An Optical Fiber Infrasound Sensor
SCRIPPS INSTITUTION OF OCEANOGRAPHY LA JOLLA CA INST OF GEOPHYSICS AND PLANETARY PHYSICS
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We have designed a new type of infrasonic sensor using optical fibers as distributed sensing elements. The design addresses the limitations of mechanical spatial filters used to average wind-generated, turbulent pressure fluctuations. We have built two styles of prototype. In the first design of an OFIS optical fiber infrasound sensor, we rely on the change in optical path that results from an optical fibers strain-optic coefficient i.e., the index of refraction is pressure dependent. In the second design, the optical fiber is attached to and strained by a compliant tube, which deforms under pressure. In both types, the optical fiber path length is monitored interferometrically. The second type has proven to have a better signal-to-noise ratio and is currently the primary focus of our developments. These devices lend themselves to deployment in long, continuous lines, effectively integrating the pressure variations along their lengths. The response over the length of the sensor is governed by the speed of light rather than the speed of sound as is the case for conventional infrasound filters. Since our sensors can readily be made kilometers long and deployed as spatial filters in arbitrary geometries, they potentially are a significant improvement over conventional systems.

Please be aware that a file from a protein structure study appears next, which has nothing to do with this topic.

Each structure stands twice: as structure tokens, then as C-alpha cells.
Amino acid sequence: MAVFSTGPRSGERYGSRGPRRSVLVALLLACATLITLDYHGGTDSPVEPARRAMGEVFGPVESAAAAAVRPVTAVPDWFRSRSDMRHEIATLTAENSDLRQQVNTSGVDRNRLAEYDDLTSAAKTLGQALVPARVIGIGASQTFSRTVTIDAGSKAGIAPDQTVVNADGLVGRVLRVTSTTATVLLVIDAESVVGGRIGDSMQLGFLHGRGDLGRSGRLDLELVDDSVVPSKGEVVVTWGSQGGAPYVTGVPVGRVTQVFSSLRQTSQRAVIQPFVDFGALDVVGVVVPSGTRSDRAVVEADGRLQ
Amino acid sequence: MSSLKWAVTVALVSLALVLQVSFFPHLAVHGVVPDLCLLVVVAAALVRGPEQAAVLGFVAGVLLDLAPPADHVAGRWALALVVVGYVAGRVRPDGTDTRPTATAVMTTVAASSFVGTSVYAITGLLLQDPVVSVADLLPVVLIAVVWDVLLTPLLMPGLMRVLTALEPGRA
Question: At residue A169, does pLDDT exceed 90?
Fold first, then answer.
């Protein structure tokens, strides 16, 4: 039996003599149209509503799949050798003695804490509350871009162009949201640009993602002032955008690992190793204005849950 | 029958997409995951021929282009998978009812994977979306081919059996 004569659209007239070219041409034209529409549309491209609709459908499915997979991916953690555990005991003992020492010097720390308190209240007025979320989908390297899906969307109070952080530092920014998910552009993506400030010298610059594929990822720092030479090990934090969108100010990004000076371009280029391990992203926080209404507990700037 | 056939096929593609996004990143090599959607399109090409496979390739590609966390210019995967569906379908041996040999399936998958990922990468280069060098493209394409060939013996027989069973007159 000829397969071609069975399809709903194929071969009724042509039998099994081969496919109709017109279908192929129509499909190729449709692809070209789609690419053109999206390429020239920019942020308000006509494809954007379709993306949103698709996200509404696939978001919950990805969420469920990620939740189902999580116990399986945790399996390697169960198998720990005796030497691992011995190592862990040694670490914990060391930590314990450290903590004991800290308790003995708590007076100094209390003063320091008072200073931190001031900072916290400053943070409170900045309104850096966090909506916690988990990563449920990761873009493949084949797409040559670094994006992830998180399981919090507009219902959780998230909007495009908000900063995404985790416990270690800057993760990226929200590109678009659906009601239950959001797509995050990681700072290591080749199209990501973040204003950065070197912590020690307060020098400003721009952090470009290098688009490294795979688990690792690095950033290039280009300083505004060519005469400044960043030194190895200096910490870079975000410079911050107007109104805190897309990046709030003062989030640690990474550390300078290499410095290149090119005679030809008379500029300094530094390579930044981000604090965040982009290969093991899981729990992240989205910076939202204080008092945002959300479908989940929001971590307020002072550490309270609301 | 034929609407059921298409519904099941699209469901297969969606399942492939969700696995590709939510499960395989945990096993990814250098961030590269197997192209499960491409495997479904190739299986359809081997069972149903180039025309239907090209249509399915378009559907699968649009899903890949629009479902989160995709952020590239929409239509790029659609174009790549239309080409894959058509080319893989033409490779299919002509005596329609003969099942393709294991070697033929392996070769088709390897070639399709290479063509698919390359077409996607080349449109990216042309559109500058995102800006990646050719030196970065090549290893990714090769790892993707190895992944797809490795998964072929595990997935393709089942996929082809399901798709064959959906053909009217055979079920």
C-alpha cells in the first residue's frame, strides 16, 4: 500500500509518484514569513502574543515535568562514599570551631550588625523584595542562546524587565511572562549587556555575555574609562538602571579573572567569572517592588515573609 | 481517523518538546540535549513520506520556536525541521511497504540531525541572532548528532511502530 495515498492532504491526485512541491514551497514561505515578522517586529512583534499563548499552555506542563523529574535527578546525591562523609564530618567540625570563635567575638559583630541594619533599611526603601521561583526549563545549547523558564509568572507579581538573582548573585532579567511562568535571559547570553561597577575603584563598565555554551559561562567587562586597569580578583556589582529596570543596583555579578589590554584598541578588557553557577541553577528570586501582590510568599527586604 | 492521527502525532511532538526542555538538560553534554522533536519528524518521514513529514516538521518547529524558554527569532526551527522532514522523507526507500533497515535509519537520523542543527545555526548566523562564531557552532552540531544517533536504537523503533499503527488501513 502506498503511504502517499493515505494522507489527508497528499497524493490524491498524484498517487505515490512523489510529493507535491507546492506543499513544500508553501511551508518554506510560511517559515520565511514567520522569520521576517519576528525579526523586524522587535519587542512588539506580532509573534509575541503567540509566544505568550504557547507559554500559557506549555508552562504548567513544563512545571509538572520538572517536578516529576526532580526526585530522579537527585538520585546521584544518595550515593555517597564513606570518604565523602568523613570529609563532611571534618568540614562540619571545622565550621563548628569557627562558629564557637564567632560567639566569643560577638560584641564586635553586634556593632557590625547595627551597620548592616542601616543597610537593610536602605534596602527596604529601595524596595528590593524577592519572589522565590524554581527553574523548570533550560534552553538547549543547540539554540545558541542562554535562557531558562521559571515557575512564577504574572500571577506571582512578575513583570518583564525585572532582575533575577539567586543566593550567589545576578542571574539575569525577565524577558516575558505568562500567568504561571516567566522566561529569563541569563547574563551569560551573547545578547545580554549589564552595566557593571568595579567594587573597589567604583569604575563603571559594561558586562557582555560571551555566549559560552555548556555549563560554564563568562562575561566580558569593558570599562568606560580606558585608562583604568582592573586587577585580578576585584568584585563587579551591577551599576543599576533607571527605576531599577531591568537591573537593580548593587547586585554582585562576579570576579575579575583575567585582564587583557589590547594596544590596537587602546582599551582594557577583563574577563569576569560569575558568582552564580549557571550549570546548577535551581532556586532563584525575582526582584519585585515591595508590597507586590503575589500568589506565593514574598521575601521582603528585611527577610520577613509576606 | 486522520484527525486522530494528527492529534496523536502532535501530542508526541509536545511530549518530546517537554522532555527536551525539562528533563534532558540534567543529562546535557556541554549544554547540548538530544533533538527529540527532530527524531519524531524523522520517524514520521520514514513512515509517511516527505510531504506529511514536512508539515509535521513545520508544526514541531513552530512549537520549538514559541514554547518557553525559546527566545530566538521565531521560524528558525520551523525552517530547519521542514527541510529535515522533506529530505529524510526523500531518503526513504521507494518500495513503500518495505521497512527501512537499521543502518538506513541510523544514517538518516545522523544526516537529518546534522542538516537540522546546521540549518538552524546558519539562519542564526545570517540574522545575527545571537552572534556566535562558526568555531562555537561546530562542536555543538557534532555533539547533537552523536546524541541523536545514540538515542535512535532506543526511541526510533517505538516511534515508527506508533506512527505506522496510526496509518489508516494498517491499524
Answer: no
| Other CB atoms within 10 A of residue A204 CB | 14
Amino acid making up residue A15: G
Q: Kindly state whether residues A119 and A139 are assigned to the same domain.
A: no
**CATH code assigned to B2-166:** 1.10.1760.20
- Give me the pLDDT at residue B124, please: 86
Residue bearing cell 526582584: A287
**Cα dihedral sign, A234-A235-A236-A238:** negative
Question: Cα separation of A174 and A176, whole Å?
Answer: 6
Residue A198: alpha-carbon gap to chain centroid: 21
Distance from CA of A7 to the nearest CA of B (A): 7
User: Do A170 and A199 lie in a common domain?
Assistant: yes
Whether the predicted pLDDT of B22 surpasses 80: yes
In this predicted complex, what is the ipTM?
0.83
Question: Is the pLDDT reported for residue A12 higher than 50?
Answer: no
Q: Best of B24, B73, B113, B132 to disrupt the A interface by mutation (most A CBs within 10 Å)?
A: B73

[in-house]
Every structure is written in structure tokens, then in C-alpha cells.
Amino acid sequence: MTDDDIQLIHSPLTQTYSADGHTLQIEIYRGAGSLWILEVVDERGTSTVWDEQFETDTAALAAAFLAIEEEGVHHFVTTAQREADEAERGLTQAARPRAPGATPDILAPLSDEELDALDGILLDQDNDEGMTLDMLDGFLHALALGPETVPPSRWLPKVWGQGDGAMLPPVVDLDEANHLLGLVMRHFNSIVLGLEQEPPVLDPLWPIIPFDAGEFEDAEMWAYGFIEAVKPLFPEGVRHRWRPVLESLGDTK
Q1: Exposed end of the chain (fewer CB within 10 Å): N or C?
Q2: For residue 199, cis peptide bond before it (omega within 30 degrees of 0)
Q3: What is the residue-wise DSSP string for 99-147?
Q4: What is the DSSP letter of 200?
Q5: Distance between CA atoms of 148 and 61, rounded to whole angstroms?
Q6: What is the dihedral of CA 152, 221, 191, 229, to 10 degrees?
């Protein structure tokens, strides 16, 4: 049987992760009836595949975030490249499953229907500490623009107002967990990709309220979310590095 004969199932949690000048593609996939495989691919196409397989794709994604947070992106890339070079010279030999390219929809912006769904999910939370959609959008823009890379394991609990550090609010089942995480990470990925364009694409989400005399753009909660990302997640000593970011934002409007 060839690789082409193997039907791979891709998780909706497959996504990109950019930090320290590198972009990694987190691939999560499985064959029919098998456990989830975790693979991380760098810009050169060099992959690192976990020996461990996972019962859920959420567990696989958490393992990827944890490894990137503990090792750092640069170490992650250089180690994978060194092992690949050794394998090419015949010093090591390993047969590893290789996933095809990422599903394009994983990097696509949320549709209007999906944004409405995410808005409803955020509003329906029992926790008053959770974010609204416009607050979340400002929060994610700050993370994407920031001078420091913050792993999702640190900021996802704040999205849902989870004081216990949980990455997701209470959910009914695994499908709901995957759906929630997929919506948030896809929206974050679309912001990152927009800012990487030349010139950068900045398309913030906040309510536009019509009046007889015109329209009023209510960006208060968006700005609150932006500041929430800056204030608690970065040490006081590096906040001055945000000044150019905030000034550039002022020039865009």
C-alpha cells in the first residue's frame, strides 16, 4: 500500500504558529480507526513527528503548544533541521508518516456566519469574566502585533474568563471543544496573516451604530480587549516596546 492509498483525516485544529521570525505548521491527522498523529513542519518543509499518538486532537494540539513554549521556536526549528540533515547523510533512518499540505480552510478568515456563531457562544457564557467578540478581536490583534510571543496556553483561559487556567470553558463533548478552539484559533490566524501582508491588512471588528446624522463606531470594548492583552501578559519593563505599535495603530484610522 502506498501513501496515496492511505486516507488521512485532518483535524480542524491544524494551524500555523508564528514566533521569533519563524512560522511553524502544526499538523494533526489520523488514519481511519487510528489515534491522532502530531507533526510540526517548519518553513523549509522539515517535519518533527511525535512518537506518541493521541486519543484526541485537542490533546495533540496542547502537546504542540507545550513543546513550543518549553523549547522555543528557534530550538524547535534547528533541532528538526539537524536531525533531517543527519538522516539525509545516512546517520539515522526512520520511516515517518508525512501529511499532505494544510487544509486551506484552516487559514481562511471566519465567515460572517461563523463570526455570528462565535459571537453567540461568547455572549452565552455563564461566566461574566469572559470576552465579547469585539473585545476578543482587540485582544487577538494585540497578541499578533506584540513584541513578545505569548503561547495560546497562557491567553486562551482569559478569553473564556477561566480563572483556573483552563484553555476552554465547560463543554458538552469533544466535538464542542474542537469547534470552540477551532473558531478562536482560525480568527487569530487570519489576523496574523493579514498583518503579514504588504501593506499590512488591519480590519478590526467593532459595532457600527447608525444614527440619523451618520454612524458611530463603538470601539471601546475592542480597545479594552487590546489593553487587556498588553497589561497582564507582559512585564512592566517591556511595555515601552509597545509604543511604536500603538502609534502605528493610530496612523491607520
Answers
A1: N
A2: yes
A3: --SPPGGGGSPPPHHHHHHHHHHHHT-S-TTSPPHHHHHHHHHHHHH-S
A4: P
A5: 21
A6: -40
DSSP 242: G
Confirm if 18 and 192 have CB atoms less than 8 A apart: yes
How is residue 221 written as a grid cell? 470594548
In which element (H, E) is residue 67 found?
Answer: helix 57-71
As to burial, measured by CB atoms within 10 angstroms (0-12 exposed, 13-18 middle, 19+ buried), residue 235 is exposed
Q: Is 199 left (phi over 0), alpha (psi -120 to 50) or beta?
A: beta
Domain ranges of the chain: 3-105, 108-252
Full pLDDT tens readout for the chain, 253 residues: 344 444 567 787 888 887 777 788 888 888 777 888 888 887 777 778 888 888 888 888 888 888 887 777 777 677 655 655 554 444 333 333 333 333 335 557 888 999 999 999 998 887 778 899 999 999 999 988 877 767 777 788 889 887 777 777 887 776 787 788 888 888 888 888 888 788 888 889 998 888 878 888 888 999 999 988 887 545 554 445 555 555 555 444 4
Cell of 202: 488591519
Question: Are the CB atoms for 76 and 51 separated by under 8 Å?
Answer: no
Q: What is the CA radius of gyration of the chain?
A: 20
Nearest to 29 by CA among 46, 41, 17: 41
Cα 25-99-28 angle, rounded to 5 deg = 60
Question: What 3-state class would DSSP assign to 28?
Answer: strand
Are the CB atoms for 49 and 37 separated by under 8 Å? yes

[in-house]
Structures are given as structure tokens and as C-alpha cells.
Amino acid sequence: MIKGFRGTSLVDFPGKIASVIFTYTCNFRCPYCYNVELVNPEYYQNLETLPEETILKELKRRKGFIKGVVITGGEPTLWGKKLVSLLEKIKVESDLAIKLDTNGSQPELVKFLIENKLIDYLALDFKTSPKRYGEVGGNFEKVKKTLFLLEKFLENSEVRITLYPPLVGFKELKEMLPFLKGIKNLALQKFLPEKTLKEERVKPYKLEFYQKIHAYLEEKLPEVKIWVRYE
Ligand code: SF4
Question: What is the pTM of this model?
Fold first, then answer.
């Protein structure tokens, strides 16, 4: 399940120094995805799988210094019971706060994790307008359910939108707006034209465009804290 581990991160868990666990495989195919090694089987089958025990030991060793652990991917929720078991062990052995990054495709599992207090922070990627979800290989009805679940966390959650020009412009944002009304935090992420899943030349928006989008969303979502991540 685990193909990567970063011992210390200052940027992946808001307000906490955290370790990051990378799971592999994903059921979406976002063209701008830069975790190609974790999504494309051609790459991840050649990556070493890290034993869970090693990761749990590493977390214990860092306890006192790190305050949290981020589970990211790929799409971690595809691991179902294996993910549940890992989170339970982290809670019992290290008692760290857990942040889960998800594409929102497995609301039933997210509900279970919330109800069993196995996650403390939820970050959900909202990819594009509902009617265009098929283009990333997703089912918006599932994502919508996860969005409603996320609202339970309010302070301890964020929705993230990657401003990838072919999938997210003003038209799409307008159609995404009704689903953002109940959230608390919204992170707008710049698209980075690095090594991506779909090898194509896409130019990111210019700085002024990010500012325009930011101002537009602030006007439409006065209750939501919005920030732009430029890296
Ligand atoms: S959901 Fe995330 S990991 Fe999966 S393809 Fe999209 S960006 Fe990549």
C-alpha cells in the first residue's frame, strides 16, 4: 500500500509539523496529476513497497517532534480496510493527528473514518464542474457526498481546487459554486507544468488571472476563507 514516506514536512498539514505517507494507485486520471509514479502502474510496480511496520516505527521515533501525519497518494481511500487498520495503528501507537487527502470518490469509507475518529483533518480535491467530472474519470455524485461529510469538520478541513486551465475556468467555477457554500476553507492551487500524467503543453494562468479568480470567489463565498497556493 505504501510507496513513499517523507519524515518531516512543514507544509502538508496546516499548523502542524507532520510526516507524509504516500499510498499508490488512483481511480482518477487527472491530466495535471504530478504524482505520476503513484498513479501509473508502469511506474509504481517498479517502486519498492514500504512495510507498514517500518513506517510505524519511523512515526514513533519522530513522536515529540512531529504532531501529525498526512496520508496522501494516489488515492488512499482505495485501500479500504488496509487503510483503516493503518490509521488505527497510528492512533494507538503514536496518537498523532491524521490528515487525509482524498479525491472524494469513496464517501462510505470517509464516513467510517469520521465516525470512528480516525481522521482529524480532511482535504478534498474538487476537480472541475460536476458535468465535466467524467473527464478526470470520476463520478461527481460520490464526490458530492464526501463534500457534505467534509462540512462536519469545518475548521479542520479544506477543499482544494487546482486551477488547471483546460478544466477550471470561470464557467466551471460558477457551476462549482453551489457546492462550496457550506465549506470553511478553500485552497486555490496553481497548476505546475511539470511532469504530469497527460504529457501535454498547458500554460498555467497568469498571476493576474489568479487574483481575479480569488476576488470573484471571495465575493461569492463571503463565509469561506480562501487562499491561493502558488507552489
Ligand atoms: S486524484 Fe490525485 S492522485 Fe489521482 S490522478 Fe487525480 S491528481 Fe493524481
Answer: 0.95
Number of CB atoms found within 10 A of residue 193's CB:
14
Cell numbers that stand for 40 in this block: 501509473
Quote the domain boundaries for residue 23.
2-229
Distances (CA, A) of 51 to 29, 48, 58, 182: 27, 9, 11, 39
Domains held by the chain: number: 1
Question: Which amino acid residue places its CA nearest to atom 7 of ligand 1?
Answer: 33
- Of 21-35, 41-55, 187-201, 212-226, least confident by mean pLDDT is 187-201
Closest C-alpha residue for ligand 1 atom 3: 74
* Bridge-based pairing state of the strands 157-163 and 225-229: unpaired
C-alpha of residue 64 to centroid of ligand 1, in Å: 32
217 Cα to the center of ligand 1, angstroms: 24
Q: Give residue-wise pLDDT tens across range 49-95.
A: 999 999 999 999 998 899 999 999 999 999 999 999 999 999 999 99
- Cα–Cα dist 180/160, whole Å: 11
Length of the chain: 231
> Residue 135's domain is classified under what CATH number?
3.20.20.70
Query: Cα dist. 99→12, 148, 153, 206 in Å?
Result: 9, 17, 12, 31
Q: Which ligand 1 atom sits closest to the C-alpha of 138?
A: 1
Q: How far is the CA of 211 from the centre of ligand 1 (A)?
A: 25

- Fiber Optics and Integrated Optics